Information security focus of budgets – 台北時報

The foreign ministry wants to ensure its anti-wiretapping efforts are working and the Presidential Office wants to improve its computer system

  • By Chen Yu-fu / Staff reporter

The government is planning to upgrade the nation’s information security protection plan against hackers, improve the Presidential Office’s computer system and inspect the anti-wiretapping efforts at embassies and representative offices abroad, according to budget proposals submitted by Cabinet agencies and ministries for the next fiscal year.

The National Security Council’s proposed budget shows that the upgrade plan would reinforce protection of crucial infrastructure and collaboration between the public and private sectors over information security mechanisms.

The plan would also enhance participation with operators from the information security industry and develop skilled professionals in the field, the council said in its proposal.

The council has budgeted NT$3.65 million (US$123,628) for an international information security conference and visits to information security institutions, think tanks, and the nation’s embassies and overseas offices to see how they fare in coping with information security threats.

The Ministry of Foreign Affairs’ proposal outlines plans to ask the Ministry of Justice’s Investigation Bureau to inspect the anti-wiretapping facilities in the nation’s more than 100 missions abroad to counter eavesdropping efforts from China.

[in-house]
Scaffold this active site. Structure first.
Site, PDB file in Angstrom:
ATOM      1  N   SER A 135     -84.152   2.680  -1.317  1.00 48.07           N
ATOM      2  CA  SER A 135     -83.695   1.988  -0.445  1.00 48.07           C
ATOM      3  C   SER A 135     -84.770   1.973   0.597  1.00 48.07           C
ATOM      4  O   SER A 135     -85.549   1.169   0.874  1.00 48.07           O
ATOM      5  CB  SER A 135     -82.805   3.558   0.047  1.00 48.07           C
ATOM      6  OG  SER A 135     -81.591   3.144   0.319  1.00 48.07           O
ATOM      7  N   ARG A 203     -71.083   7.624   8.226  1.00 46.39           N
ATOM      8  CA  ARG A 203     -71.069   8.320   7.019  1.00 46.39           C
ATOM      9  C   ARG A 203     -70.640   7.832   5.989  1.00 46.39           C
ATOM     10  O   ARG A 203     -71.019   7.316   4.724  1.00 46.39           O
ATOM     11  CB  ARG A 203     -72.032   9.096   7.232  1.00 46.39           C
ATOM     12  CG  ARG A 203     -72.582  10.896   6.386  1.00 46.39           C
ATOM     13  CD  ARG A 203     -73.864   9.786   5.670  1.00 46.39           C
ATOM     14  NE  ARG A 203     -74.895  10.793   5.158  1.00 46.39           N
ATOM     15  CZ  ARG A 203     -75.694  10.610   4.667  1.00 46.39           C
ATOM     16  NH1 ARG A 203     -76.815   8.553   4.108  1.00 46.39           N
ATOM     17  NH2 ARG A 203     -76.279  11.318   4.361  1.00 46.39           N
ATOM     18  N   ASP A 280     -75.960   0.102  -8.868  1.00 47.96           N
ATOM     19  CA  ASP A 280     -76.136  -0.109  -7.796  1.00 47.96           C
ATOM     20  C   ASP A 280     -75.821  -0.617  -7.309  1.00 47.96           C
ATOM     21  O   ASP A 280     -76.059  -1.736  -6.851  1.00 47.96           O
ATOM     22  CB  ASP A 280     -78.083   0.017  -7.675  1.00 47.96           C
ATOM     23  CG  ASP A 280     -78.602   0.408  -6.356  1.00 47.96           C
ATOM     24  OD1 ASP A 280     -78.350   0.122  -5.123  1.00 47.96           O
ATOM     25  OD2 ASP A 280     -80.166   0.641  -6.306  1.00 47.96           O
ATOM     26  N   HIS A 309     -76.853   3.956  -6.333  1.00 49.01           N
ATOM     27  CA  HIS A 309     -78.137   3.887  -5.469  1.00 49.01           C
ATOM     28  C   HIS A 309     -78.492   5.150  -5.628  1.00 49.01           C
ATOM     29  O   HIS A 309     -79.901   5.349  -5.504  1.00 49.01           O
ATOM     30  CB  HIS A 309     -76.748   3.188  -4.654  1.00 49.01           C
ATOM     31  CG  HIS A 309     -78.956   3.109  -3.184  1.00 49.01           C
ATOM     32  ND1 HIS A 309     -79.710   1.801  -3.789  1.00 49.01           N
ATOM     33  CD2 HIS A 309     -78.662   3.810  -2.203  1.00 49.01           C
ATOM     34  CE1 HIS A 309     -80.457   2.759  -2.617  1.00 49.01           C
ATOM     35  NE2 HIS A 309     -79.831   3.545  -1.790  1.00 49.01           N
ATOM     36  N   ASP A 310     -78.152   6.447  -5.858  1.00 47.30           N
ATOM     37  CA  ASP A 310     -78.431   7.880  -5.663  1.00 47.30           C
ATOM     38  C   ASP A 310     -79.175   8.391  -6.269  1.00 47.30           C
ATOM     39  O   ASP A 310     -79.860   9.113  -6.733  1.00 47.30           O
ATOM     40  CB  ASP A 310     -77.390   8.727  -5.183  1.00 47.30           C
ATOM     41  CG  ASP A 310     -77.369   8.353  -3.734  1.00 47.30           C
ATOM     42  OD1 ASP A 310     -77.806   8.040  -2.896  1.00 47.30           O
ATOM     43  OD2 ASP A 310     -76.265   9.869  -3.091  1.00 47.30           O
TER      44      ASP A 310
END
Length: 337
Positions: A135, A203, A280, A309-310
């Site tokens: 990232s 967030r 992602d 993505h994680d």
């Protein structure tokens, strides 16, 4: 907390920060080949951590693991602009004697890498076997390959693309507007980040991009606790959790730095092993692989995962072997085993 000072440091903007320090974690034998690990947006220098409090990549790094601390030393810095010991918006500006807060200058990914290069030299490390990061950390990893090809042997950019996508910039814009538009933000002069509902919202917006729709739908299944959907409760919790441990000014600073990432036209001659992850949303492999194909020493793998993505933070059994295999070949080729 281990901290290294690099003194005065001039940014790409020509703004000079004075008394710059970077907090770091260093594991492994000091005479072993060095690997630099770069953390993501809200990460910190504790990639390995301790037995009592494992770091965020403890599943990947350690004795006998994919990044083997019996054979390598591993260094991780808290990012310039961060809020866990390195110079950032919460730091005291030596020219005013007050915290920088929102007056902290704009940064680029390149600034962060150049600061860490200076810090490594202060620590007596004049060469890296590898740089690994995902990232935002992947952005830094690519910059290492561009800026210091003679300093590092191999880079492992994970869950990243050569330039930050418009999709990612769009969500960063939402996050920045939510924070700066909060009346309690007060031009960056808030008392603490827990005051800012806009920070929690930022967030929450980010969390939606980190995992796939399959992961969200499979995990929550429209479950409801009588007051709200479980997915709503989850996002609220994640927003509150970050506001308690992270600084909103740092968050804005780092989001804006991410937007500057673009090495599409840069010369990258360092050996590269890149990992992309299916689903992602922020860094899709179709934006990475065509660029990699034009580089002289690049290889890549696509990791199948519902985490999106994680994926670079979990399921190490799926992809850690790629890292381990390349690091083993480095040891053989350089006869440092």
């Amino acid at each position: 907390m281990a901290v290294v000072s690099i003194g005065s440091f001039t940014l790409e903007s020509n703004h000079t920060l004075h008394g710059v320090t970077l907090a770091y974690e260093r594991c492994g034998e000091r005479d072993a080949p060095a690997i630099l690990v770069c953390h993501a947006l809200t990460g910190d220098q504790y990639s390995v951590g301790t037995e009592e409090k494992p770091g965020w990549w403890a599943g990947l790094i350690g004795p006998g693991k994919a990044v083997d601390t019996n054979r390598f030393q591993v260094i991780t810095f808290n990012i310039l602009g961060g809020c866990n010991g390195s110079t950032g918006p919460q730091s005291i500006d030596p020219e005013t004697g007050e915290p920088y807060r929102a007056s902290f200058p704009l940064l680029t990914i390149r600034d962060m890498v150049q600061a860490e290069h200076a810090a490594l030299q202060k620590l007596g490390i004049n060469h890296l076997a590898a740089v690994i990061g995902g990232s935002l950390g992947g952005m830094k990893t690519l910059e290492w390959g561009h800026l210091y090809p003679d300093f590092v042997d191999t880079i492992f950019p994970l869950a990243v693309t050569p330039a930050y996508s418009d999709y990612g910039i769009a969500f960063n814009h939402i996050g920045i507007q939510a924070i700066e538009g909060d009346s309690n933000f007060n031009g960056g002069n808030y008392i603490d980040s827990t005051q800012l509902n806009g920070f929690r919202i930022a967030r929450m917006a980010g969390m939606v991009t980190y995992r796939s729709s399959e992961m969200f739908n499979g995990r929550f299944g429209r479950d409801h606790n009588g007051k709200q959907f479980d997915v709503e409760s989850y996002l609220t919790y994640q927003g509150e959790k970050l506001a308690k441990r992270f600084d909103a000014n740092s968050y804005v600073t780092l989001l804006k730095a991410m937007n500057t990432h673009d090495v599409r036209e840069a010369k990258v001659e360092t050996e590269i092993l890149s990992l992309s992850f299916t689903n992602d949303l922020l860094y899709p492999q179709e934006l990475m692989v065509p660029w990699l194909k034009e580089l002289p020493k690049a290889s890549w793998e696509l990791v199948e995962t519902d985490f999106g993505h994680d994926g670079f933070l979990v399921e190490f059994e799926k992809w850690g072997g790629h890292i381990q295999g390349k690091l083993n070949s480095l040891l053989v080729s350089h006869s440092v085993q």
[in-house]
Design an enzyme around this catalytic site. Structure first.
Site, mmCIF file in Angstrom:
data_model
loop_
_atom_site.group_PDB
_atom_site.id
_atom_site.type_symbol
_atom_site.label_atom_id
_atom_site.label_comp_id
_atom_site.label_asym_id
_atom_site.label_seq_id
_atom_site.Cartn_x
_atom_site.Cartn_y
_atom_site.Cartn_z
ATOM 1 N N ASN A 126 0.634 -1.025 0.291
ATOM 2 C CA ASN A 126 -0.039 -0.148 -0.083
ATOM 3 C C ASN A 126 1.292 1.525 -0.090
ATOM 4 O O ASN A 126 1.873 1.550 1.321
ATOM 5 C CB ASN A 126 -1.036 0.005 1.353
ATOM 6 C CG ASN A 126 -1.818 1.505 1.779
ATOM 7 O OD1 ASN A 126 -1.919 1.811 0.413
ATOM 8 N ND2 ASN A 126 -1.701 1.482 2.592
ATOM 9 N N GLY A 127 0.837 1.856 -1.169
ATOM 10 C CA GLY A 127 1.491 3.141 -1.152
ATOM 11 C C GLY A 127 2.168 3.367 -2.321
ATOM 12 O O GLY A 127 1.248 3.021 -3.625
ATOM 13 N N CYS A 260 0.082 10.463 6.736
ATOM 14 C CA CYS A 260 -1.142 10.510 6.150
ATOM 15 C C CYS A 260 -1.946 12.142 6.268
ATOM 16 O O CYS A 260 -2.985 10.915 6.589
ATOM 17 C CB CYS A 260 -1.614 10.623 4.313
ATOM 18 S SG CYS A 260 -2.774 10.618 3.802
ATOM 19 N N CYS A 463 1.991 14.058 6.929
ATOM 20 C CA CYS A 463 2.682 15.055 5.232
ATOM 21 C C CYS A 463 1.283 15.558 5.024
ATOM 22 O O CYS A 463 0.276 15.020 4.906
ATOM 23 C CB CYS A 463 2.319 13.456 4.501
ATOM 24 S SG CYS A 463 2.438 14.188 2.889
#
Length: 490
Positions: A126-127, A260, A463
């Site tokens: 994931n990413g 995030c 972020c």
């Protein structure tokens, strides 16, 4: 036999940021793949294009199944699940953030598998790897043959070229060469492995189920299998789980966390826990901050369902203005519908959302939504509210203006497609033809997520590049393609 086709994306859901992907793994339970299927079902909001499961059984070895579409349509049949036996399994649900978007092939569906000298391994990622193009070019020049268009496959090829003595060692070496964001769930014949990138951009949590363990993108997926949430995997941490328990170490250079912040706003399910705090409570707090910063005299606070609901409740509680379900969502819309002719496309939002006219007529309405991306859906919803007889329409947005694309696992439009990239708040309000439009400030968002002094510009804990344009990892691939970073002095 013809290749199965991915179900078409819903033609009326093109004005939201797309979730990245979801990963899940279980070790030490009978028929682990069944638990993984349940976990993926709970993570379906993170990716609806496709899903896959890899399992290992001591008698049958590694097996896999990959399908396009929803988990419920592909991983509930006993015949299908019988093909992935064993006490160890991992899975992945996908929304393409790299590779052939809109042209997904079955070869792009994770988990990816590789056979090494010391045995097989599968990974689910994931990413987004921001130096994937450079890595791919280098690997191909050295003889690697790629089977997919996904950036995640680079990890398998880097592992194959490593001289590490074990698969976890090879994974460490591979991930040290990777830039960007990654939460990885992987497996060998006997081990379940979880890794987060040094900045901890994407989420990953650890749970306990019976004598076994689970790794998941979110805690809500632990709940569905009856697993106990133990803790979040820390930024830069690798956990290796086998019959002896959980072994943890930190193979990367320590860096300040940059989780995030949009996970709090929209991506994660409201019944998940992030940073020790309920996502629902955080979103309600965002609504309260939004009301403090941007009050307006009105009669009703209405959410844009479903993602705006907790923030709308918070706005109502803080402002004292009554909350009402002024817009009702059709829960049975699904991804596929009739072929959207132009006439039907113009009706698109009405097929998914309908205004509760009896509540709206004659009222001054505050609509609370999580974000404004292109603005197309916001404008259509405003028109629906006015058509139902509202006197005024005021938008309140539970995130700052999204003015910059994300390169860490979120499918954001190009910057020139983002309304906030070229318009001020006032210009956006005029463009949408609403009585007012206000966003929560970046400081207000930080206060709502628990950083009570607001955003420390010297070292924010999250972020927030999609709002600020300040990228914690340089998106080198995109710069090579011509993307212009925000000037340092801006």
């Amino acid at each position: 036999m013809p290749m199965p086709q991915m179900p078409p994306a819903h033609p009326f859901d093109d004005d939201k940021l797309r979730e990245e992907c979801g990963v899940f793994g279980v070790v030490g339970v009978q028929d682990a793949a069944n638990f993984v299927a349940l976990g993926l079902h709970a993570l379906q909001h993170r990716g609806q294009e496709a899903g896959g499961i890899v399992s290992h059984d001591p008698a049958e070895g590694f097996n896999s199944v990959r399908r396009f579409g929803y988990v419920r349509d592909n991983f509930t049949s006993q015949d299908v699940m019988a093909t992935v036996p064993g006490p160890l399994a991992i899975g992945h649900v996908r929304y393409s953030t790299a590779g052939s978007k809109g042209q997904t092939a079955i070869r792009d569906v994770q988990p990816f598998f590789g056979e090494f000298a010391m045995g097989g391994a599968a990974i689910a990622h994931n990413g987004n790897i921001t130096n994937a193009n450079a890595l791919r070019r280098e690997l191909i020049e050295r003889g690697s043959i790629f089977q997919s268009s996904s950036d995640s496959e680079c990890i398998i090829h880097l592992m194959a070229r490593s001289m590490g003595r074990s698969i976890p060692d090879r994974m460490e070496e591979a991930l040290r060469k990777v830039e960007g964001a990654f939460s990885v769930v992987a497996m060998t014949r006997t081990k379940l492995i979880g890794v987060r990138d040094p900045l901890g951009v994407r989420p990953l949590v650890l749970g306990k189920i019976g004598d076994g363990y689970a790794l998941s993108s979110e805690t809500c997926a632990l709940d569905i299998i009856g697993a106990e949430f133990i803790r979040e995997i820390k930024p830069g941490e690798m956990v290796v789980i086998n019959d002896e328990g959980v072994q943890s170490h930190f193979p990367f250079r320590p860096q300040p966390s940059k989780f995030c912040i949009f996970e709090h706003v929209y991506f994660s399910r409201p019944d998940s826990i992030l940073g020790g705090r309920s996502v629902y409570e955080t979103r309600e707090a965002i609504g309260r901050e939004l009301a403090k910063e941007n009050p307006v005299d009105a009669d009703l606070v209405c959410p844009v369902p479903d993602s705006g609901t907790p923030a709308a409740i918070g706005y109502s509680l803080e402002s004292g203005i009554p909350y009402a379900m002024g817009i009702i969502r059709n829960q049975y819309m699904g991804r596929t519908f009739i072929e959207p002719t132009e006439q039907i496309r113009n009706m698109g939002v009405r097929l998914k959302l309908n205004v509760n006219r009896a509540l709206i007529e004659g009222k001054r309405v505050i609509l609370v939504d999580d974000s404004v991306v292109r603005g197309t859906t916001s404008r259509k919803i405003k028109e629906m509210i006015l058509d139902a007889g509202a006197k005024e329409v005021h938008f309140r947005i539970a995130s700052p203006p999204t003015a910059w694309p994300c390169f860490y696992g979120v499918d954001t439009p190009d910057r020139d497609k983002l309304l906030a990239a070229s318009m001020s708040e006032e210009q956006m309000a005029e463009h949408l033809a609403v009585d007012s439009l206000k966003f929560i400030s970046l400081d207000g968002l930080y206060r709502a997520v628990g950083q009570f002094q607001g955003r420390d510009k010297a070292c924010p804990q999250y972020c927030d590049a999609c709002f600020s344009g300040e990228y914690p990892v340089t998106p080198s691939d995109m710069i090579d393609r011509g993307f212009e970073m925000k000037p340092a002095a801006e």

The Presidential Office plans to spend NT$70 million to improve its computer system to comply with the Cybersecurity Management Act (資通安全管理法), such as securing ISO27001 certification for the administrative system.

It also has plans to reinforce the protection of its Web site, visitor system, official document system and core cybersecurity system.

The planned upgrades follow a hacking attack on the office’s system in May, after which the Investigation Bureau determined that Chinese hacking groups such as Blacktech and Taidoor had infiltrated the Taipei City Government and nine central government agencies, as well as four private information service providers, over the past three years to steal confidential information.

The Executive Yuan has budgeted NT$3.31 million to address cybersecurity issues, such as enforcing cybersecurity laws and hosting drills and dispatching representatives to attend the meetings of the APEC Telecommunications and Information Working Group, the Digital Dialogue Public Forum on US-Taiwan Security Cooperation, Blackhat Asia and others.

Executive Yuan officials said that it would develop the National Cyber Security Plan to introduce measures to turn the nation into a smart country, and implement three projects related to cybersecurity protection from next year to 2025.

The National Communications Commission wants NT$178.87 million to build a cybersecurity protection mechanism for the Internet of Things, as well as build a key communication network that can identify threats and attacks and issue alarms.

Part of the budget would be allocated to build a certification system for communication networks, the commission’s proposal said.

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